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Riley v. State of New Jersey Agencies

May 29, 2007

KEVIN J. RILEY, PLAINTIFF,
v.
STATE OF NEW JERSEY AGENCIES, ET AL., DEFENDANTS.



The opinion of the court was delivered by: Simandle, District Judge

OPINION

This matter comes before the Court on the motion [Docket Item 16] of Defendants - former Attorney General of New Jersey Zulima V. Farber, Superior Court Judge John J. Lindsay, Chief of Probation for Gloucester County Robert Miles, Gloucester County Probation Officer Edward Sedlak, Camden County Probation Officer Mark Whitman, and the State of New Jersey (hereafter the "State Defendants") -- to dismiss the Amended Complaint pursuant to Fed. R. Civ. P. 12(b)(6). This Court also considers the motion of Plaintiff, Kevin J. Riley, for judgment on the pleadings, filed March 15, 2007 [Docket Item 36], which the Court will consider also as opposition to the State Defendants' motion to dismiss. The State Defendants have themselves submitted opposition to Plaintiff's motion by letter dated April 11, 2007. Plaintiff also requested on April 20, 2007 [Docket Item 44], that a letter to Allan E. Richardson, Esquire (attorney for former Defendant Frank Brown), dated September 7, 2006, from Guy W. Killen, Esquire, which Mr. Riley refers to as the "Scibal letter," also be considered in connection with his motion for judgment on the pleadings.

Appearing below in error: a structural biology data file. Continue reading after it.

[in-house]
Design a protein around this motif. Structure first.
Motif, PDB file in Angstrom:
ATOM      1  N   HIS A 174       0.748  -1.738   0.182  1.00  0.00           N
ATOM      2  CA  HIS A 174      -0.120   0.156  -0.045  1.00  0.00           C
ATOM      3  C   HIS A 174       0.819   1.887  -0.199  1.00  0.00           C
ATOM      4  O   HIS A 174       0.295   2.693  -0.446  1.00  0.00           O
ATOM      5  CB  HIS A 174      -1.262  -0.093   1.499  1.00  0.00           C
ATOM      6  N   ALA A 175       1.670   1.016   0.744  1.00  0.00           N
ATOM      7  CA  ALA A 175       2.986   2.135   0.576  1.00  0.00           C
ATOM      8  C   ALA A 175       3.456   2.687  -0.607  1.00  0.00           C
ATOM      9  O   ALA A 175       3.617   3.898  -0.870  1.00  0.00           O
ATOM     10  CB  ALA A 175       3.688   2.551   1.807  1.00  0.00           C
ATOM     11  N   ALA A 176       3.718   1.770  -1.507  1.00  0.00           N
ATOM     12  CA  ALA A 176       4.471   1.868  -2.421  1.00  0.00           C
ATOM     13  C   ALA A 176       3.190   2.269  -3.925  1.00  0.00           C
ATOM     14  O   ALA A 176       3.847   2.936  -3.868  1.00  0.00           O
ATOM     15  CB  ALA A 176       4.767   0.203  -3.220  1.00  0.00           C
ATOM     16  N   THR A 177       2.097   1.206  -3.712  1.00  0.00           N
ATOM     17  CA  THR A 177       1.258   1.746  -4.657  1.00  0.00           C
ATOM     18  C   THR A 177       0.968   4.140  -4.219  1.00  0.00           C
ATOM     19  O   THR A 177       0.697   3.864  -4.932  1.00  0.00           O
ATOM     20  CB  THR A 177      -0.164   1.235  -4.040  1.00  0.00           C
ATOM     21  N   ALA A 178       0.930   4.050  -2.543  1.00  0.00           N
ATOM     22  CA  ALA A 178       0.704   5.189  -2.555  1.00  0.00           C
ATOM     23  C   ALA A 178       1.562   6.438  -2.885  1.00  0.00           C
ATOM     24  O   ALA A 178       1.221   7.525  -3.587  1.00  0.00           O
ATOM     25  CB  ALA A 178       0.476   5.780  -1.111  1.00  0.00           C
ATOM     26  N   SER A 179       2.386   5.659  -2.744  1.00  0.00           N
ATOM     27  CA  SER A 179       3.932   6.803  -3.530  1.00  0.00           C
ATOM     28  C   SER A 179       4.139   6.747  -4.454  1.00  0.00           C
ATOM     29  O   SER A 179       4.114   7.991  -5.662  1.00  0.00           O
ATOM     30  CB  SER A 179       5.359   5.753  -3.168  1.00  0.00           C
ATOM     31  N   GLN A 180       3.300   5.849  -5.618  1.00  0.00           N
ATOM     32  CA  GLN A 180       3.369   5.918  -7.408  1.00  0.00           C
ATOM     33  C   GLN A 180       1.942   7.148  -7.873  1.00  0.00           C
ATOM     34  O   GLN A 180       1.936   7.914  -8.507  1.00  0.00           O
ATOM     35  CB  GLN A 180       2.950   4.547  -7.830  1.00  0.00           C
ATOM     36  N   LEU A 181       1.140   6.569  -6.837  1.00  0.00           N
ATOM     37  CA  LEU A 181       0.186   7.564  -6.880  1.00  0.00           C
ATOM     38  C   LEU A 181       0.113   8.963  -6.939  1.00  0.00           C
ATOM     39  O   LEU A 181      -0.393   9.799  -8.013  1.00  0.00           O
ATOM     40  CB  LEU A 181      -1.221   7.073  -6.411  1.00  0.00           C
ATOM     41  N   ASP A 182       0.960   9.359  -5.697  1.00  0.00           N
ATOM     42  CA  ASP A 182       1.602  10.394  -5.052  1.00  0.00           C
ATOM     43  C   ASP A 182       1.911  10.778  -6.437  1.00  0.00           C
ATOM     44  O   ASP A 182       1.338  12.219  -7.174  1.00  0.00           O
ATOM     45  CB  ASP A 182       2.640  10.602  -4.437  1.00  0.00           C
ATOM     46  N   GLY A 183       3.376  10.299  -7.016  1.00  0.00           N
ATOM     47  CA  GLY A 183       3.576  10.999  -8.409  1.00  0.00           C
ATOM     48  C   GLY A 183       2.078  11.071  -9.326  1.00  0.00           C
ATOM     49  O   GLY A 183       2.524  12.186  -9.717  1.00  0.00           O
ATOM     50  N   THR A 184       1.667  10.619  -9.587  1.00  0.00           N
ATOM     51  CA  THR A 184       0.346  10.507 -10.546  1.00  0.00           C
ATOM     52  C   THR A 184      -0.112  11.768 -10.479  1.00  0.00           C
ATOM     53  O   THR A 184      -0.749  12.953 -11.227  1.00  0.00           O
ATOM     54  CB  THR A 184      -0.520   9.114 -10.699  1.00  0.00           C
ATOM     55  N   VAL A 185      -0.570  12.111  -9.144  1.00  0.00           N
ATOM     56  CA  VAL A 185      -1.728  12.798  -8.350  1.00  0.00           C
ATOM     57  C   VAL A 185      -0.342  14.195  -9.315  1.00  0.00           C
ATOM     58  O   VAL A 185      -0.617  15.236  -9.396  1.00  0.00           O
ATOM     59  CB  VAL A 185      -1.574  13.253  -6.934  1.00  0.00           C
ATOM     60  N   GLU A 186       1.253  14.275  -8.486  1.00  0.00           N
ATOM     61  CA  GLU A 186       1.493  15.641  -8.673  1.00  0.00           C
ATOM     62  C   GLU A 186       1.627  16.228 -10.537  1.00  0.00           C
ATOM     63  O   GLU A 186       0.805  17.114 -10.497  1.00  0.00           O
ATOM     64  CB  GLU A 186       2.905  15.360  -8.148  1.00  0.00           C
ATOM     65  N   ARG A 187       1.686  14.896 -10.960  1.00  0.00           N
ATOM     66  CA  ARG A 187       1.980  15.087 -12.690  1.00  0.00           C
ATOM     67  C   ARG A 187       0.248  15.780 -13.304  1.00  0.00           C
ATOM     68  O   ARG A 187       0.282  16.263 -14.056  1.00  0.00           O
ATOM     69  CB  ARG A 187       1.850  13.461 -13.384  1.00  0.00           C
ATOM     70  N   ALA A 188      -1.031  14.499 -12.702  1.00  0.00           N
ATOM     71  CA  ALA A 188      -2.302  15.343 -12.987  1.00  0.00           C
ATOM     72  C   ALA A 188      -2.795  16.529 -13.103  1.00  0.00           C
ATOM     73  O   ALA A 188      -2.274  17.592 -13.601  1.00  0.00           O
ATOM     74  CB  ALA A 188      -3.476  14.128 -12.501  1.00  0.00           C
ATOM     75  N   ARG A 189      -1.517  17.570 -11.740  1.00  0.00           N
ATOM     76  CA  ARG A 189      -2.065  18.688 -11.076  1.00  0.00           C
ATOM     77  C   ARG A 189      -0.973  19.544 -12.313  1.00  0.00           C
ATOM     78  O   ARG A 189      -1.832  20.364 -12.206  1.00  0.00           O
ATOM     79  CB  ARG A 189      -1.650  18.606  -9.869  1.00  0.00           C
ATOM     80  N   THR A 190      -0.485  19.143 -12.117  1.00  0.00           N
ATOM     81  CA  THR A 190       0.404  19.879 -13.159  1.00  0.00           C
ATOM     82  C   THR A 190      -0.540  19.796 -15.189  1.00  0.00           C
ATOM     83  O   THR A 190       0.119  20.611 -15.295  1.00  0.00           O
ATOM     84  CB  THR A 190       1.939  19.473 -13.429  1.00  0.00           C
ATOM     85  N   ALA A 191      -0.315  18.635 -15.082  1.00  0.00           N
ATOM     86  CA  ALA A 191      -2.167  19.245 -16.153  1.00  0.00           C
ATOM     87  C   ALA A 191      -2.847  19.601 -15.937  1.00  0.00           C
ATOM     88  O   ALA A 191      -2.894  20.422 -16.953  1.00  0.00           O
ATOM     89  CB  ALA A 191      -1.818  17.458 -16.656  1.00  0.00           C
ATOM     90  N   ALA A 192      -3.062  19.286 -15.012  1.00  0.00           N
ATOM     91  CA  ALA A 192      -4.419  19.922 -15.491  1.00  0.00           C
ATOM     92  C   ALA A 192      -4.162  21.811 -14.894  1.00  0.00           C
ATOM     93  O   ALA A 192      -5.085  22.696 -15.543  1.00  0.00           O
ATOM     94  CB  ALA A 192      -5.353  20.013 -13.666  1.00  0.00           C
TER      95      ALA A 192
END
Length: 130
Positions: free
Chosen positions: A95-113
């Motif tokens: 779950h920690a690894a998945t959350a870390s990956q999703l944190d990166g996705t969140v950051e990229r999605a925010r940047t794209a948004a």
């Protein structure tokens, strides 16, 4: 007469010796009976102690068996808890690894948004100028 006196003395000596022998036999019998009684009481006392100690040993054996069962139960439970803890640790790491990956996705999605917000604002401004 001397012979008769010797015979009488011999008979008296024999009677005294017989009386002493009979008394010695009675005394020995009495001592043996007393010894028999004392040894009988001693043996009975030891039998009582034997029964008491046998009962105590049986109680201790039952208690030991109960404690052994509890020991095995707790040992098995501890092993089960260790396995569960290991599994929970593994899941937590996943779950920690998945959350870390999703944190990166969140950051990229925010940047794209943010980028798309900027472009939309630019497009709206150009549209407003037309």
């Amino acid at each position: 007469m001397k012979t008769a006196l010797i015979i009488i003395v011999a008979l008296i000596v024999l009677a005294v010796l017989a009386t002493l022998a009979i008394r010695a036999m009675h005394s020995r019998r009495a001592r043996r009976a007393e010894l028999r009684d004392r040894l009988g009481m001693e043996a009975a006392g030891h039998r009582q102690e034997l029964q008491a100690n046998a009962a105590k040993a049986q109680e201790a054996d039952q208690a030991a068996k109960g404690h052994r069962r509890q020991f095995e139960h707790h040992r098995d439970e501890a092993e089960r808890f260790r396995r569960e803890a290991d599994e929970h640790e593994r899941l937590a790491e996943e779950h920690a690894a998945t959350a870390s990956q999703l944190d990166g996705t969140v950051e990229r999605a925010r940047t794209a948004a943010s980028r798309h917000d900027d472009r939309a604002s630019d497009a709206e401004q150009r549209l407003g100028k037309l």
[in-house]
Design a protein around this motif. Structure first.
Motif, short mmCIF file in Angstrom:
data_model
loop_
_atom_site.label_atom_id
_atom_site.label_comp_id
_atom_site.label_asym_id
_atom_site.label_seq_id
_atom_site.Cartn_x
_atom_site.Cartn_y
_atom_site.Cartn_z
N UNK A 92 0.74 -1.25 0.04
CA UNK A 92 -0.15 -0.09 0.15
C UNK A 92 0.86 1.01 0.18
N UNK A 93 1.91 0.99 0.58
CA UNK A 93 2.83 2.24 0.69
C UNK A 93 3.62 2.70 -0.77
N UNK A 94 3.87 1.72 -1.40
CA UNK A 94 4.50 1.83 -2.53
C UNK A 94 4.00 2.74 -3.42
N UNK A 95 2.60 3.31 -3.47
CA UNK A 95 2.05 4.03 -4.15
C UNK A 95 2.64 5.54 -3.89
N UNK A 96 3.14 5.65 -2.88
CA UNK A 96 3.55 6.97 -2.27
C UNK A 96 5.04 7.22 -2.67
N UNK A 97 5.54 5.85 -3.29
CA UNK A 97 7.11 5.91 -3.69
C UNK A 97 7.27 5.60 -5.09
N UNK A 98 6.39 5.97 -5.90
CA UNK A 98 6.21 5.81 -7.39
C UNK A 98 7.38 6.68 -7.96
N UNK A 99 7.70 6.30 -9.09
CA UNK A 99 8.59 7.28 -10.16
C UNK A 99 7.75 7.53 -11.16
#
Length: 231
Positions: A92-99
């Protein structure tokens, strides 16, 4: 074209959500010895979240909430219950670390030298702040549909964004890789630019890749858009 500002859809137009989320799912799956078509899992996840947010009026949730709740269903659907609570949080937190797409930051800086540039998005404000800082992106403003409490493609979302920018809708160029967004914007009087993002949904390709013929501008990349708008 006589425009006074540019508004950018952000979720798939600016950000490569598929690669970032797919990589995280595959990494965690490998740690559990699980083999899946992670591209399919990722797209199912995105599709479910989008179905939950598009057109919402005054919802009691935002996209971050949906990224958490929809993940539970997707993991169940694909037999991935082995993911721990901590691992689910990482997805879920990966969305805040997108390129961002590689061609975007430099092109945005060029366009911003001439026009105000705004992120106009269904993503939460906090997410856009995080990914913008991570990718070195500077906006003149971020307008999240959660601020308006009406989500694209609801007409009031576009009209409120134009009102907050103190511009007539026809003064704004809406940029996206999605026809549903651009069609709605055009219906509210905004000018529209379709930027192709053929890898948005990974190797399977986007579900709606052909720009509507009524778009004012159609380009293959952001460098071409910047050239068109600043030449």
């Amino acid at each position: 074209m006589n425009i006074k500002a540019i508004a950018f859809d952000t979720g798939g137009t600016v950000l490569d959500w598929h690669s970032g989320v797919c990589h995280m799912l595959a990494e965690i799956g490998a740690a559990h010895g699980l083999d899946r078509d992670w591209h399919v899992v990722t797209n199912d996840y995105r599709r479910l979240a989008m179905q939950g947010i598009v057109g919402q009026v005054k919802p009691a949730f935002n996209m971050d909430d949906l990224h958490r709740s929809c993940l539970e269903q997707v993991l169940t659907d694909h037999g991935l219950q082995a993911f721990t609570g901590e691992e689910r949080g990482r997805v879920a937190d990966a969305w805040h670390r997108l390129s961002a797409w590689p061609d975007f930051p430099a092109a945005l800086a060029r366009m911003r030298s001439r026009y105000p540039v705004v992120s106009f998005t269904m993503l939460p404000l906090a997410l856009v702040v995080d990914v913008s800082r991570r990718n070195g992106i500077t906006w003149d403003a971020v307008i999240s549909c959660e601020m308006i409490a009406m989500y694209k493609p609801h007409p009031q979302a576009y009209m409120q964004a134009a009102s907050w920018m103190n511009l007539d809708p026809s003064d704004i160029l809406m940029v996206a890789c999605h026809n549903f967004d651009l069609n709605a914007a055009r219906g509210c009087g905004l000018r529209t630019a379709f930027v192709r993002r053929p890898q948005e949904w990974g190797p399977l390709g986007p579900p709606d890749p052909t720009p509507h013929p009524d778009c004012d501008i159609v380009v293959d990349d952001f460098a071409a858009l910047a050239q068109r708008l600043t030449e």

In their motion to dismiss, the State Defendants argue, among other things, that collateral estoppel arising from Plaintiff's previous adverse judgment in the Supreme Court of New Jersey arising from the same facts and circumstances and Eleventh Amendment immunity preclude this action. For the reasons explained below, the Court will grant the motion to dismiss and will deny Plaintiff's motion for judgment on the pleadings.

I. BACKGROUND

A. Facts*fn1

Plaintiff brings suit against various public officials, alleging that they negligently mismanaged his child and spousal support records. In his Amended Complaint, Plaintiff seeks monetary damages for the resulting alleged violations of his civil rights, including the loss of employment, suspension of his driver's license, and subsequent arrest. Additionally, Plaintiff seeks expungement of his driver's record and any criminal or incarceration records that resulted from the alleged negligence of state officials.

Plaintiff's claims stem from his interactions with the Glassboro police department, New Jersey court system and the New Jersey Probation department between 1995 and 2004. In 1995, Plaintiff alleges Glassboro police filed a domestic violence complaint against him based on allegedly false statements by the Plaintiff's ex-wife. (Pl.'s Am. Compl. ¶ 2.) Plaintiff alleges he was summoned to court in 1996 and told to bring evidence that he was paying child and spousal support to his ex-wife. (Id. ¶ 6.) After the hearing, Plaintiff alleges that the Gloucester County Probation Department wrongfully notified his employer that, due to non-payment of support, Plaintiff's commercial driver's license had been suspended. (Id. ¶ 7.) As a result, Plaintiff claims he was fired from his job as a commercial truck driver and remained unemployed until 2002. (Id.)